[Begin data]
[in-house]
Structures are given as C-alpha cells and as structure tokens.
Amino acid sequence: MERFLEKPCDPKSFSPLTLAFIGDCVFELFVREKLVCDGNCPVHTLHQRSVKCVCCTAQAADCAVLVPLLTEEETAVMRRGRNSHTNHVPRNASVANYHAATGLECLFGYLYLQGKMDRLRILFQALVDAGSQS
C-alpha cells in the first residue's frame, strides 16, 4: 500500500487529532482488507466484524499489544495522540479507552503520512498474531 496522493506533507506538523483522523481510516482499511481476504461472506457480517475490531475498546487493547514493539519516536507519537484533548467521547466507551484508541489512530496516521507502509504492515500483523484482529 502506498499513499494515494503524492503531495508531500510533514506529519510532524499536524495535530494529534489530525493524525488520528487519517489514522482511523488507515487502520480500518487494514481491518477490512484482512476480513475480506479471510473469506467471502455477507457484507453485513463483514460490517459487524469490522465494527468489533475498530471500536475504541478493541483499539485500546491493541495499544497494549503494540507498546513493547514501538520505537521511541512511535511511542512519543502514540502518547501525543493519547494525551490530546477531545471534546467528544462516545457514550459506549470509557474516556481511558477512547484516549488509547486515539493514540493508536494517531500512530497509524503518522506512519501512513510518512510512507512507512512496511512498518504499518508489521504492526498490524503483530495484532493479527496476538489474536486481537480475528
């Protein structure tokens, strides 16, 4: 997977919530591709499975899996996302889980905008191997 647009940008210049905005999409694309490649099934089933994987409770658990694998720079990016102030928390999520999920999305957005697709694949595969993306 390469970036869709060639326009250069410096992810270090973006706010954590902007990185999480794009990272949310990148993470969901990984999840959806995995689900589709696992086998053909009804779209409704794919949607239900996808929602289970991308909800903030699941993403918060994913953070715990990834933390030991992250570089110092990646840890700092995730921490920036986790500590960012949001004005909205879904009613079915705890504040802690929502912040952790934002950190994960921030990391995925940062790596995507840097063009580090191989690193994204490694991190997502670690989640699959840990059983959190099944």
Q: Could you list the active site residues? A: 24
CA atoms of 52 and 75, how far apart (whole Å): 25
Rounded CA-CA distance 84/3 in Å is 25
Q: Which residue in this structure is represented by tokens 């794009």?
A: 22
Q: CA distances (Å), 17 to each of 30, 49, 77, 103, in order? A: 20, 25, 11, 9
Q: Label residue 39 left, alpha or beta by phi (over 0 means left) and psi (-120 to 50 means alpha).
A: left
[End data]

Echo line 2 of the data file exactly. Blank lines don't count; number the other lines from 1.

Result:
Structures are given as C-alpha cells and as structure tokens.